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Two More Vital Rules for Selling Anything to Anyone, Anywhere

Here are two more tips for sales people from the best-selling book The Pocket Guide for Sales Survival coauthored by Randy Bernard, TimeTrade’s vice president of sales, and Jason DeAmato.

The book features “161 Vital Rules for Selling Anything to Anyone, Anywhere” organized for beginner, intermediate, advanced and expert salespeople.

Rule 79: Always Check In

Is that fair? May I proceed? Should I continue? Does that make sense? Do you have any questions about that?

These are things you should always be asking your customers.

Make sure to check in early and often during your presentations.

If customers are hearing something for the first time, chances are they may have questions.

The key is to bring your customer along for the ride; don’t leave them behind.

Consistent “check ins” will ensure this!

Rule 39: Get Referrals

If you don’t have a steady flow of referrals, then something is wrong.

It either means that your product or service isn’t valued (in which case you should sell something else), or it means you’re not doing your job well enough.

Asking for referrals is something many salespeople hesitate to do or just don’t make time for, but don’t feel you are overstepping personal or professional boundaries.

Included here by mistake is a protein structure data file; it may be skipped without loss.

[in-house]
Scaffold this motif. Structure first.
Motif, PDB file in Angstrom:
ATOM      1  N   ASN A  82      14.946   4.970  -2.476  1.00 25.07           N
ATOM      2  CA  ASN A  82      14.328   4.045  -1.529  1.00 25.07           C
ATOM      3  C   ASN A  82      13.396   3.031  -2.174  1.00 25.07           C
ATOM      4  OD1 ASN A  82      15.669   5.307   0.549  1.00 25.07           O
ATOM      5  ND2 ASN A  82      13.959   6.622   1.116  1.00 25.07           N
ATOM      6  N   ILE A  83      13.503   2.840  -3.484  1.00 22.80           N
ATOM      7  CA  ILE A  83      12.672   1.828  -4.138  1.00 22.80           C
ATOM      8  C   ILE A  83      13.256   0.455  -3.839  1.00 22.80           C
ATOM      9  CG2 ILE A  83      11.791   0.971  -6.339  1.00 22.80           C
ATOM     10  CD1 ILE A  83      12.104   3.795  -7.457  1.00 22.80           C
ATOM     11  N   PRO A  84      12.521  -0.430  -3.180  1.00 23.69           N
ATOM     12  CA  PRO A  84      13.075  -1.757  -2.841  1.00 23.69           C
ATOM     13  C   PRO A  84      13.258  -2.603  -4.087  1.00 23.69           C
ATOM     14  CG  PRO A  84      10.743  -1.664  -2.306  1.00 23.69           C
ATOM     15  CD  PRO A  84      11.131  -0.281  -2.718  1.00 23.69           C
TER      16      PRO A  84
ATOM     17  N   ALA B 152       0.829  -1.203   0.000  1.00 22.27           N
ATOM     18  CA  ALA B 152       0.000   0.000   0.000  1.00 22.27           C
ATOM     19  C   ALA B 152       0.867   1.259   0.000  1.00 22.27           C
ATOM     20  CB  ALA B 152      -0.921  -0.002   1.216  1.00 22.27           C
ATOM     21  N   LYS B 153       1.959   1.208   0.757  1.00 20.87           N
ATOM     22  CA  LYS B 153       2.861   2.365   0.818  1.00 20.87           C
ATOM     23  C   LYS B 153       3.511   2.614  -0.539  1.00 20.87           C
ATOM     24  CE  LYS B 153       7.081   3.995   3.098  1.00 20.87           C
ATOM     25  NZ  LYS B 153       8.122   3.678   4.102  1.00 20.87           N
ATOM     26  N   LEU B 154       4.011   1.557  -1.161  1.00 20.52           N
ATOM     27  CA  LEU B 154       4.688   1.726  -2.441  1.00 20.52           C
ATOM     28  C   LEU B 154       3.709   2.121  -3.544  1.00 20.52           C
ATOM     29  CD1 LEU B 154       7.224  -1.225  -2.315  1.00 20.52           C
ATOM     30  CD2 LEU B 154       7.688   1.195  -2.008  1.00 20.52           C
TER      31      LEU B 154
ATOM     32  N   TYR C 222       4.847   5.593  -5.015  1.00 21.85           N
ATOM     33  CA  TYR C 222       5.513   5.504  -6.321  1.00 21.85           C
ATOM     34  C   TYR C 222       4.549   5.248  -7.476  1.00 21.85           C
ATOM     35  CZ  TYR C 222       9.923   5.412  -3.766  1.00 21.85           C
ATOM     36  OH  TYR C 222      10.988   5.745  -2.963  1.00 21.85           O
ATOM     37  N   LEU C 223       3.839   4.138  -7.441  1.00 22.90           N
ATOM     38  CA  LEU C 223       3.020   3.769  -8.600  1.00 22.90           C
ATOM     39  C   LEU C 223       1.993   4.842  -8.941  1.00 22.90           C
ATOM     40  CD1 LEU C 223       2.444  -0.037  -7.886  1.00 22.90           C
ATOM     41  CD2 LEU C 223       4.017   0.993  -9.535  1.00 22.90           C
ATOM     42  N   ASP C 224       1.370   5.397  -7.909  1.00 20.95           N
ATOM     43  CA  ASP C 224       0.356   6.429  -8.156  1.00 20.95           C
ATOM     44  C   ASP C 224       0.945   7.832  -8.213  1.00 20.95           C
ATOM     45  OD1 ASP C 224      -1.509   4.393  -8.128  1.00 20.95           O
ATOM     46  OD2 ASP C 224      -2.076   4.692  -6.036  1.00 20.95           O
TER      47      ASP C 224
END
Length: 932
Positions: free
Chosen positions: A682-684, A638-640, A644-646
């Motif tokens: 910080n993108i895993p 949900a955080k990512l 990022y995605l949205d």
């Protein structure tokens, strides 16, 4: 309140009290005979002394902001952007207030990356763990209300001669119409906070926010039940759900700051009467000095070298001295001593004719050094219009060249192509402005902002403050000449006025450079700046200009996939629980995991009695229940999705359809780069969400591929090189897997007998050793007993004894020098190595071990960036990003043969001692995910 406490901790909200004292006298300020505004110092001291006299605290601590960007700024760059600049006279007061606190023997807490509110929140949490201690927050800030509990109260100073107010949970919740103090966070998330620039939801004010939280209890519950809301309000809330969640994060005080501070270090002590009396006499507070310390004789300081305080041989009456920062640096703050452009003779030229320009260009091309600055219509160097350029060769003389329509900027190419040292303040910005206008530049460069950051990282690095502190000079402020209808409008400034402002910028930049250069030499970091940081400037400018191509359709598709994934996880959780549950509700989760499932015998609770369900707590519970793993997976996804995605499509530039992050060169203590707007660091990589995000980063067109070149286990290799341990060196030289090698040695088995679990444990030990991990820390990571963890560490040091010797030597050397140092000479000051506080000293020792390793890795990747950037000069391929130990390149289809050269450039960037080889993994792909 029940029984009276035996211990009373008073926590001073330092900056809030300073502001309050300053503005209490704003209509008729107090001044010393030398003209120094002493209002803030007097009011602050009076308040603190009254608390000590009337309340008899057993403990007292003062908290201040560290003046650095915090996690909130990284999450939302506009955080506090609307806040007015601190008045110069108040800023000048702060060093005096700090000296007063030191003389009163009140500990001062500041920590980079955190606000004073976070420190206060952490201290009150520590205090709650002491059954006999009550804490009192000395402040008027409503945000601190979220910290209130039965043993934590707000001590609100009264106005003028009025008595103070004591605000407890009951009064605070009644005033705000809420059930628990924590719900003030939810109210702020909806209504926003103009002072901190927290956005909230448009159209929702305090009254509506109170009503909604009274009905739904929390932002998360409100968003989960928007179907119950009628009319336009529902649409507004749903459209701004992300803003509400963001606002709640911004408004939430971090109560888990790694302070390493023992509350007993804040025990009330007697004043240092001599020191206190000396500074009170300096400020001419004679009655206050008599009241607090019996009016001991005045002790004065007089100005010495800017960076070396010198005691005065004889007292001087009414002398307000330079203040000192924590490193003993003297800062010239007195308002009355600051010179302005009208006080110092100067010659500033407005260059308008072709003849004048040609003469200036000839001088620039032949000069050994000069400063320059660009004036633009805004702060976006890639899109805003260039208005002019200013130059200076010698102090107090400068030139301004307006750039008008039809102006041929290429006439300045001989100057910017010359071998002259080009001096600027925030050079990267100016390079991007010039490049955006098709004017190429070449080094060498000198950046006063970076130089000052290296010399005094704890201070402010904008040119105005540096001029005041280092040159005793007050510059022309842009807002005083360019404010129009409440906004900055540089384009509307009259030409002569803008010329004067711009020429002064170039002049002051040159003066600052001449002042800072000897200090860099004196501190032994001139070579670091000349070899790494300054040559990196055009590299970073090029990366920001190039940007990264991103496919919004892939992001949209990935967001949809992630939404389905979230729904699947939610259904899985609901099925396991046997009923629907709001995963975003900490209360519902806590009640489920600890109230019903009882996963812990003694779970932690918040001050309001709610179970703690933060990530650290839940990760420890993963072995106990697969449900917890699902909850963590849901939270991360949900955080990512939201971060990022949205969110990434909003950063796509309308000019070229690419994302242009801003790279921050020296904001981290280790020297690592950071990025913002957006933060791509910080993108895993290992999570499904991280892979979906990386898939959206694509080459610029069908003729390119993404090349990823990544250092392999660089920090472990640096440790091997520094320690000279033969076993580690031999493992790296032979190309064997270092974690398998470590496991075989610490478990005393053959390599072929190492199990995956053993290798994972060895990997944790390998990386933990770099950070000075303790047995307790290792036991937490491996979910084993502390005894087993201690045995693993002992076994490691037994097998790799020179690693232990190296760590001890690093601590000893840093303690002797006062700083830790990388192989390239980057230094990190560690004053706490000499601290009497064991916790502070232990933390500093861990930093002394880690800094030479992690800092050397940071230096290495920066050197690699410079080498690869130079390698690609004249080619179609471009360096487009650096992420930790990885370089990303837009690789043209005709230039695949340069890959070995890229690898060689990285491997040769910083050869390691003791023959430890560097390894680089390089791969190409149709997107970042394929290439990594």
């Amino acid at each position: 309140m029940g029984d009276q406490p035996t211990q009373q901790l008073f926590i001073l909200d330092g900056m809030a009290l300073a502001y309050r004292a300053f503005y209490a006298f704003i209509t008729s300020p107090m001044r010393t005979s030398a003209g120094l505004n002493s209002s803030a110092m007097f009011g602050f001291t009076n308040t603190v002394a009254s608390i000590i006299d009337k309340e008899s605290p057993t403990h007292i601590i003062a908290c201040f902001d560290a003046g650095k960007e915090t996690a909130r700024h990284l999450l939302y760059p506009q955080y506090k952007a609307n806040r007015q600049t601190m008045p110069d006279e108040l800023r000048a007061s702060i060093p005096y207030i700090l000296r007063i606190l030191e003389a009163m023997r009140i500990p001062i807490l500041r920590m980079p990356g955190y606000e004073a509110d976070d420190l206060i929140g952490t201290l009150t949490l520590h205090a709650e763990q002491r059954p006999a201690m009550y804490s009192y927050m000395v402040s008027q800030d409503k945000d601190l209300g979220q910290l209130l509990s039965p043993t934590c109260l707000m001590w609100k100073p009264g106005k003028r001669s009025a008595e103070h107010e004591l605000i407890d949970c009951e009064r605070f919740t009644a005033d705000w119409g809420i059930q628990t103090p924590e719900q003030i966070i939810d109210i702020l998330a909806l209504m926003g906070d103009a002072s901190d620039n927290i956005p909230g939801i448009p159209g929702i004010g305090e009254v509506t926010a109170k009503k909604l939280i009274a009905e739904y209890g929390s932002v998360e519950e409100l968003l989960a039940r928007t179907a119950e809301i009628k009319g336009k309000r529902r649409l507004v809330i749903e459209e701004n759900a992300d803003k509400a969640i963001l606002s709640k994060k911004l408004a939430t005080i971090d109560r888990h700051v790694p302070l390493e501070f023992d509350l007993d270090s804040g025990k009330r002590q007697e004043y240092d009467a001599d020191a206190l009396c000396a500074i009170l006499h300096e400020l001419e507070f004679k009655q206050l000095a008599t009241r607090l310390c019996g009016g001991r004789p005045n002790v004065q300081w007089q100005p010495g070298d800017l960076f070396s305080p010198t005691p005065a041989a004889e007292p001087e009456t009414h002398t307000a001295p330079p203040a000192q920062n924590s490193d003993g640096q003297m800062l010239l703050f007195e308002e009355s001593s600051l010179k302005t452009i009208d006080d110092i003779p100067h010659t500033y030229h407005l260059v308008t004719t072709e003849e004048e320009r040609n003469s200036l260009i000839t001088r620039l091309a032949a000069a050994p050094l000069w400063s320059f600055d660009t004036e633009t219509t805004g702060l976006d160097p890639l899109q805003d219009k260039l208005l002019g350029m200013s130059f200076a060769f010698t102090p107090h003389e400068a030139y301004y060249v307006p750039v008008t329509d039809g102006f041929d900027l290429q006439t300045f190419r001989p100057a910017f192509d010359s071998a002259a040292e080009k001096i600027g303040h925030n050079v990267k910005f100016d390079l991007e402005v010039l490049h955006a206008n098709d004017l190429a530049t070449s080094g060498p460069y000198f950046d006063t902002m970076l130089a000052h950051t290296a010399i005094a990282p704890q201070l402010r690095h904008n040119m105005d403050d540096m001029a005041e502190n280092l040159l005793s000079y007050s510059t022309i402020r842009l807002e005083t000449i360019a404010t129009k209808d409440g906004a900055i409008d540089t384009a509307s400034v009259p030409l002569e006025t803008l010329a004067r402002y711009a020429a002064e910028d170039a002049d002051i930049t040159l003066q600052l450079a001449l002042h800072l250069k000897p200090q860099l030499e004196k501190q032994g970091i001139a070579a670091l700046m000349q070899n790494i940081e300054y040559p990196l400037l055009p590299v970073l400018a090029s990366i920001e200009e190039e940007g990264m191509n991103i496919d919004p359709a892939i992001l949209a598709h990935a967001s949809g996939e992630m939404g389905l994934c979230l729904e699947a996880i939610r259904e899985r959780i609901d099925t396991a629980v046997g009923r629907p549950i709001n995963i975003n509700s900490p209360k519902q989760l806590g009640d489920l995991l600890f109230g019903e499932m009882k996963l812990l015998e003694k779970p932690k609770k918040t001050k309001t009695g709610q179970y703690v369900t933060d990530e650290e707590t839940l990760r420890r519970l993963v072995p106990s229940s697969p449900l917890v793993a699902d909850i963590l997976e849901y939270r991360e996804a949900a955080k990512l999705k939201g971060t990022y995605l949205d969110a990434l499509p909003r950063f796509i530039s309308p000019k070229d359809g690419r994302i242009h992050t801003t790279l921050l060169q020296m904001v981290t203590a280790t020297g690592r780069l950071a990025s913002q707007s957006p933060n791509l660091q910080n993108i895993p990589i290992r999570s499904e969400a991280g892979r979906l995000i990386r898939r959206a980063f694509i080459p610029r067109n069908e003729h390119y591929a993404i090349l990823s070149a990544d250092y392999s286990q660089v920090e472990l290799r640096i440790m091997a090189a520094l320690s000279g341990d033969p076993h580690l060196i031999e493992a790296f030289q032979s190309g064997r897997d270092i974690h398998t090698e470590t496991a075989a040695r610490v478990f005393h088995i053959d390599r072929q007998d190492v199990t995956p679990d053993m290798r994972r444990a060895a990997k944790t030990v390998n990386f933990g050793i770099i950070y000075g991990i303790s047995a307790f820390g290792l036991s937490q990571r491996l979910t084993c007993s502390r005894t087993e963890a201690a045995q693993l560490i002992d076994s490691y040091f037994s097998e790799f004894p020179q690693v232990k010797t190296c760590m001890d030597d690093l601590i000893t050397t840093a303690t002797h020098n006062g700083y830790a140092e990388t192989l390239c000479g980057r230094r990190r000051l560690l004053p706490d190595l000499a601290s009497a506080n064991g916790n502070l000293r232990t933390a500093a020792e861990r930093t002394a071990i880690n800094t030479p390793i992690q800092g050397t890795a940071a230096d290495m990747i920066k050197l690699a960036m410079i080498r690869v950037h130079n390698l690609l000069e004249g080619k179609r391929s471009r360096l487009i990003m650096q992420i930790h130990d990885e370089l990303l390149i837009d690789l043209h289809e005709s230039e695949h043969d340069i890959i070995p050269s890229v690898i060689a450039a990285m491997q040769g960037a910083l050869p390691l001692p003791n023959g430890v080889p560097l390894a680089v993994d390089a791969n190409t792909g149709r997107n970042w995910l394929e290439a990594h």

Be proud of what you offer! Ask everyone for a referral.

Referrals convert at a higher percentage than any other lead source, so don’t miss your opportunity.



Written by Kevin Flanagan

Kevin is director of content marketing for TimeTrade. He develops and curates the company’s public-facing information to enable customers and prospects to see the unique value TimeTrade solutions deliver to their businesses and teams. He also leads the company’s public relations program. In a high-technology career spanning three decades, Kevin has brought his communications and marketing expertise to a number of leading brands, including Verizon, PictureTel, Yankee Group, 3Com and Carbon Black. Before launching his tech career, Kevin honed his communications skills during 5 years as a radio news anchor and reporter. He earned a degree in English literature, but he credits his obsession with grammar, spelling and punctuation perfection to 12 years of daily drilling in parochial school.

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